Julie Coraccio spent 20 years in relationship that ultimately was not right for her. "It was like I was stuck in molasses and couldn't move forward," she recalls. It hit her hard one day that she had to let it go. Alone in her office, she fell to the floor in tears, grieving and feeling the sting of fear. "I will never find someone else," she remembers sobbing. "I will be alone the rest of my life." But she found the courage to get up, change her life, and do things that gave her confidence and joy. "I did the things I loved, like bowling—and that's where I met my husband." She was 43, and they married eleven months later.
Julie's story of a second chance at love is not as rare as you may think. Even if your life experiences have made you lose hope, and finding love again does not seem like it will ever be a real possibility, many experts and women who found true love later in life say there are plenty of reasons to hang in there:
Although you may feel skittish about romance after disappointments, it is human nature to seek companionship and comfort in the arms of another. "People are wired for love, that's why they keep coming back, despite heartbreaks and losses," says , Professor of Sociology at the University of Washington, and love and sex expert for AARP. "Our drive for union is part of our species, as it is for almost all mammals. Our survival is more likely when we bond to another and face the world as a team. We are drawn, irresistibly, to one another."
It may take some work to open yourself up again to love, but romance can show up in places you never imagined, and feelings can develop unexpectedly. "The one thing that comes up again and again are love stories in which the people involved found love unexpectedly," says Schwartz. "Many people who had given up on love surprised themselves and found they could fall in love again. The human heart, however damaged, still can start beating again under the right circumstances."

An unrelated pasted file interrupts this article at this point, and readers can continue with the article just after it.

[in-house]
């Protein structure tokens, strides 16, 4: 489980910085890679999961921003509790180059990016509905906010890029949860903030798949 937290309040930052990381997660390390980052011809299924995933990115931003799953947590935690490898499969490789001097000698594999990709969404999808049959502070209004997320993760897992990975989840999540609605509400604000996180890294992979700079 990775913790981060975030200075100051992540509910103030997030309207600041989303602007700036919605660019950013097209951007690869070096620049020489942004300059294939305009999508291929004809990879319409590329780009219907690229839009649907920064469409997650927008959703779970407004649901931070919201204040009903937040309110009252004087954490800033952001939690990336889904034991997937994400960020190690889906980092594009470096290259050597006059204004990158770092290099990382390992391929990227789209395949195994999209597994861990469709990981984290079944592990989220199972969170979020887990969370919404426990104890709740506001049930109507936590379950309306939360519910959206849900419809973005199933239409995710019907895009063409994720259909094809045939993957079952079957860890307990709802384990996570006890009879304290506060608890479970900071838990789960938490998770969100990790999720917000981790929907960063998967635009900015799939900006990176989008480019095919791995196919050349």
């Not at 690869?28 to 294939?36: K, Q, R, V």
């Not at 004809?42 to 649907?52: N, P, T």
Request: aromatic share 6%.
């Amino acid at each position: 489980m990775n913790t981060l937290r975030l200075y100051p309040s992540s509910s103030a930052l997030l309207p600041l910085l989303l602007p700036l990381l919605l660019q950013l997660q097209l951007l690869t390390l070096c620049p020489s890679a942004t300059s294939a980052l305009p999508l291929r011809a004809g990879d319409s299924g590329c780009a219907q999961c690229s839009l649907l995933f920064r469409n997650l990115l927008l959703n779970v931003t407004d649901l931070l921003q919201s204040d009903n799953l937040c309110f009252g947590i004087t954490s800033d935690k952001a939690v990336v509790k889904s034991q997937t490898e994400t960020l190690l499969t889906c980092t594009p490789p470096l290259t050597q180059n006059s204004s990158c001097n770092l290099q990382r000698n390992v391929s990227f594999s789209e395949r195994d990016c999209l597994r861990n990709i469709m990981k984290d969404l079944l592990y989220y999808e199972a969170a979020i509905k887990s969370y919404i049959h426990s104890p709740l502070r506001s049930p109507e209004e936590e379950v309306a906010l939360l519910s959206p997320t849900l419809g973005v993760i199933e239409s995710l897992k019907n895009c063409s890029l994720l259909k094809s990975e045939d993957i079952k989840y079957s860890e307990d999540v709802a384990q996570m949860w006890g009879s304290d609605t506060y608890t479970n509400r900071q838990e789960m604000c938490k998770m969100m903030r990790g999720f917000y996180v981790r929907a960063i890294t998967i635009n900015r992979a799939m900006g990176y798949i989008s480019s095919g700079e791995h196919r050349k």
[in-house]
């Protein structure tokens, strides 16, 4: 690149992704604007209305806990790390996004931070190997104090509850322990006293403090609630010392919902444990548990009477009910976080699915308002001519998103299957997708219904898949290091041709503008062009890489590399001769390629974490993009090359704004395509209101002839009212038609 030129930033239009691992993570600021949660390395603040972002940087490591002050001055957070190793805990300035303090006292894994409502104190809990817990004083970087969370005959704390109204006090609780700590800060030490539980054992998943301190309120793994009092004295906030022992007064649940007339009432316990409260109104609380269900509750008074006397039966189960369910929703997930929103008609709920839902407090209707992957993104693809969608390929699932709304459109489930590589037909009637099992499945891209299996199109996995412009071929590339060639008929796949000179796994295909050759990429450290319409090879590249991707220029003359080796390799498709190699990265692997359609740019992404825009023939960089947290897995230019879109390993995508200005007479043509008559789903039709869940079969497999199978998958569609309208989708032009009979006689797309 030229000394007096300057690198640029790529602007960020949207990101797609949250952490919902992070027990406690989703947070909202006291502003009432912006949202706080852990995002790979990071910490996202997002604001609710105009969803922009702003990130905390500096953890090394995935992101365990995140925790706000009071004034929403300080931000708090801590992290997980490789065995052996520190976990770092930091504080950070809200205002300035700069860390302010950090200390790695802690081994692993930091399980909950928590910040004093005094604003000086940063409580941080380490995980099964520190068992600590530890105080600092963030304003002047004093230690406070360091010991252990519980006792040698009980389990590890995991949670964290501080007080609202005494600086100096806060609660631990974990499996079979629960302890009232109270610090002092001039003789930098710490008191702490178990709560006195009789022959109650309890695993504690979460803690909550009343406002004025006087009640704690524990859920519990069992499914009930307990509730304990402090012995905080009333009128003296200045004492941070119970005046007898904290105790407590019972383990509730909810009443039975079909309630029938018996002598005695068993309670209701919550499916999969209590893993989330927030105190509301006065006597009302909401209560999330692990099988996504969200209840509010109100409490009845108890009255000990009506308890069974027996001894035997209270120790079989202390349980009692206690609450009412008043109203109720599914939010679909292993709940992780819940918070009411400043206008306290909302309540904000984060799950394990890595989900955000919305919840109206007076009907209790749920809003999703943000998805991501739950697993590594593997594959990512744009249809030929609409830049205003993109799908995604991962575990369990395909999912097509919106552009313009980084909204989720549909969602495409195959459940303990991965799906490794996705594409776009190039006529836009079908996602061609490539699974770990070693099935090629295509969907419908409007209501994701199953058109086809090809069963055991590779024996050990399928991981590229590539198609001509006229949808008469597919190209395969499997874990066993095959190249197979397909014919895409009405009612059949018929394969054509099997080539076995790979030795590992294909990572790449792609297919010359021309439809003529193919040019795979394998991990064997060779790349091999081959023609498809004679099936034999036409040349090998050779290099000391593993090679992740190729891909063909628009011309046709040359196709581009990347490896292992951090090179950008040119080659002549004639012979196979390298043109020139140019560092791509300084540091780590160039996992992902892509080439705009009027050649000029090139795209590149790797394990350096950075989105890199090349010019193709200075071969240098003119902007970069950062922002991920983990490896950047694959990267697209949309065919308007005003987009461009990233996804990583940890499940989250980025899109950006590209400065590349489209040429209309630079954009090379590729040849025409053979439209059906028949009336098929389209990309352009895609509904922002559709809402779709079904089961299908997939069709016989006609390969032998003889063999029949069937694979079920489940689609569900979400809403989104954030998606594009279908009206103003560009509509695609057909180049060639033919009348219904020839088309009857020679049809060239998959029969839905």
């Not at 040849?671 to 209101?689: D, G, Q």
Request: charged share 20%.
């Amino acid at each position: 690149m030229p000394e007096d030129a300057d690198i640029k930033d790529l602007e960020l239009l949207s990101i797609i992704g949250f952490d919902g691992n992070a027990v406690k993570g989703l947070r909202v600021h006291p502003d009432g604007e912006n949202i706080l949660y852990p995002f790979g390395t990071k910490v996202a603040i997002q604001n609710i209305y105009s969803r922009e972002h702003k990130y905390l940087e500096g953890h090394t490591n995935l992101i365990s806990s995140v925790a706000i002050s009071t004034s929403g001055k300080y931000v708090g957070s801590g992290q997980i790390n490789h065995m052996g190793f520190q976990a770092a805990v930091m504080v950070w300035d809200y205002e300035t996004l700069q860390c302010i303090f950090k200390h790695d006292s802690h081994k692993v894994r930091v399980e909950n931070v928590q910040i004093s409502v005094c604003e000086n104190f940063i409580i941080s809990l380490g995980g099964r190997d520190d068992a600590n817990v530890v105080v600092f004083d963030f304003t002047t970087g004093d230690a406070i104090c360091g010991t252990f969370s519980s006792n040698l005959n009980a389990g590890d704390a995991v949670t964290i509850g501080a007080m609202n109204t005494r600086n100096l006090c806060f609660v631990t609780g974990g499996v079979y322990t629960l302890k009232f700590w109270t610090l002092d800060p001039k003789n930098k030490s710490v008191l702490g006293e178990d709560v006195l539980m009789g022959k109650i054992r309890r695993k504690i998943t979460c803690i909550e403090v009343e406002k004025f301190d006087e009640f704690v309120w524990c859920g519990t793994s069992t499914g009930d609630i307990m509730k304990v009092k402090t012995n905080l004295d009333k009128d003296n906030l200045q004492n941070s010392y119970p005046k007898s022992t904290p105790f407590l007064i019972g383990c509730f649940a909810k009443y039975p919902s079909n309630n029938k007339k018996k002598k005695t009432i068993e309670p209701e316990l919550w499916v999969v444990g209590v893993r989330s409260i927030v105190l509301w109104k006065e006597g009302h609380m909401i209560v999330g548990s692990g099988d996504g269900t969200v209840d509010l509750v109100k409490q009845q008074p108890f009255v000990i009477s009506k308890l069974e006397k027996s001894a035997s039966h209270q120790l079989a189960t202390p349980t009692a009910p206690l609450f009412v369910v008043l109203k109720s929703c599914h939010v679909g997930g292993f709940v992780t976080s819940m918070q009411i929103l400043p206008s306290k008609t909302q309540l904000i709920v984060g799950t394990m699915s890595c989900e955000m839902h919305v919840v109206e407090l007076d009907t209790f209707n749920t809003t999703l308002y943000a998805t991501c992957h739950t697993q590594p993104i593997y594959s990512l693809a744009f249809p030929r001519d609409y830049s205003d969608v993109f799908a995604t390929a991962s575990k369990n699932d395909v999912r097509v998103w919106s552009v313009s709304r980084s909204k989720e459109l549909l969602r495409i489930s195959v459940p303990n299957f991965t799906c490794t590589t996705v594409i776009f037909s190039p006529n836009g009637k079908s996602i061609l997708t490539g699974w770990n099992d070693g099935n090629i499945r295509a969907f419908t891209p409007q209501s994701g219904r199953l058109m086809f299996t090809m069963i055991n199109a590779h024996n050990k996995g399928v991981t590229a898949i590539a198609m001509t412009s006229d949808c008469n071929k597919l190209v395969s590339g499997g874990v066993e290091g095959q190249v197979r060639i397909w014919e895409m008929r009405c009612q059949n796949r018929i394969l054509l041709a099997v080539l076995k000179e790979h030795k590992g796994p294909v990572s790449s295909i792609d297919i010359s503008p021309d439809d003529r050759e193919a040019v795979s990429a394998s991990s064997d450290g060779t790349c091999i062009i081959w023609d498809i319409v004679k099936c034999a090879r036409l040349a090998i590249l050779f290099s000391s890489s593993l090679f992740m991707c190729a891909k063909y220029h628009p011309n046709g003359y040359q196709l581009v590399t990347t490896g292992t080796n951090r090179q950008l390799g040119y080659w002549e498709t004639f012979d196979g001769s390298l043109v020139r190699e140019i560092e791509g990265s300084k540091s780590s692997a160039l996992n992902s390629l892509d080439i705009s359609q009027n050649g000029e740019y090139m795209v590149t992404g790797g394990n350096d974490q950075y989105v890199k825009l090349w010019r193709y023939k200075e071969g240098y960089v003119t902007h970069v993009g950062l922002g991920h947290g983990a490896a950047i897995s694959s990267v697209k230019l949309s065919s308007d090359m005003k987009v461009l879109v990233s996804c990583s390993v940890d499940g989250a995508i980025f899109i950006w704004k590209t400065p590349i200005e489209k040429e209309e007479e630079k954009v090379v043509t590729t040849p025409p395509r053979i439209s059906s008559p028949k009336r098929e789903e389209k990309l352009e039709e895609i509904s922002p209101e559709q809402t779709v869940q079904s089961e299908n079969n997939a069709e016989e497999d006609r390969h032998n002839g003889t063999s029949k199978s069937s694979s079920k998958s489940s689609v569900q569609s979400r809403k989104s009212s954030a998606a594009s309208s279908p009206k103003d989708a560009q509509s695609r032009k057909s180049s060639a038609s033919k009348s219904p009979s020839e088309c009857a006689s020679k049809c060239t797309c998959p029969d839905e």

Losing love through death or divorce is devastating. Kelly Green, a single mother of four young children, threw herself into the dating scene, but repeated disappointments made her realize she needed time to get to know herself. "Each bump along the way gave me greater insight to what is important to me," says Green, author of . "Each person taught me something about myself. The key is being centered and not placing too much emphasis on the need for love." Living your fullest life, while looking for love, can reduce the urgency and neediness that sometimes comes along when we want so badly to find the right person.
An awareness of relationship patterns is helpful because old behaviors can be triggered by new relationships. "It is our job to learn from our experiences so we are wiser in love going forward and to try to forgive where possible so we do not carry old baggage into our next relationship," says Dr. Paulette Kouffman Sherman, psychologist and author of . "Often, how the unconscious works, is that when you haven't worked something through you project those old fears onto your future mate and this can create problems and old dynamics you don't want." When you learn from the past and can let it go, it is easier to attract what you do want instead, she says.
It is natural to want to protect yourself with emotional armor but ultimately you also have to be willing to risk being vulnerable with another. "When we are in fear we become defensive, shut down and can unintentionally push people away," says Kouffman Sherman. "It is very important to be open to love."
, who met her true love at 44 and was a first-time bride at 45, now writes and teaches about soulmates. "People can find 'big love' at any age," she says, "if they're willing to let go of limiting beliefs such as, "I'm too old, I'm too fat, I'm too damaged, or all the good ones are taken." Ford, author of , says "I literally tell people to say, 'Cancel, cancel, cancel.'" Halting the language that defeats relationship goals helps in attaining them.
Former CNN anchor Daryn Kagan lost her job, a relationship, and found herself in midlife without a mate or children. Although this lead to a few "pity parties" it also moved her to launch a and reconstruct her life. At the urging of a friend, she enrolled in the Big Sister and Big Brother Program. "I was matched with a super smart 8-year-old girl who became my focus of love and adventure," says Kagan, who penned the book to share her stories of midlife dating, marriage, and family. "I truly believe taking that step to love, to give, to not focus on 'poor me'—to experience what that felt like—opened my heart to meet the man who became my husband." They met almost a year to the day she was matched with her Little Sister, and he happened to be a widower with a daughter. All four of them, together, built a unique family.
If you have lost all faith, perhaps a friend can help. "Sometimes you just can't hope for yourself, but you can for someone else," says Kagan. "One of the best gifts I've ever received came from a friend after I'd had a particularly bad breakup. She told me, 'I know you can't believe right now, but I know someone special is on his way to you.' And you know that friend was in the front row at our wedding," she says.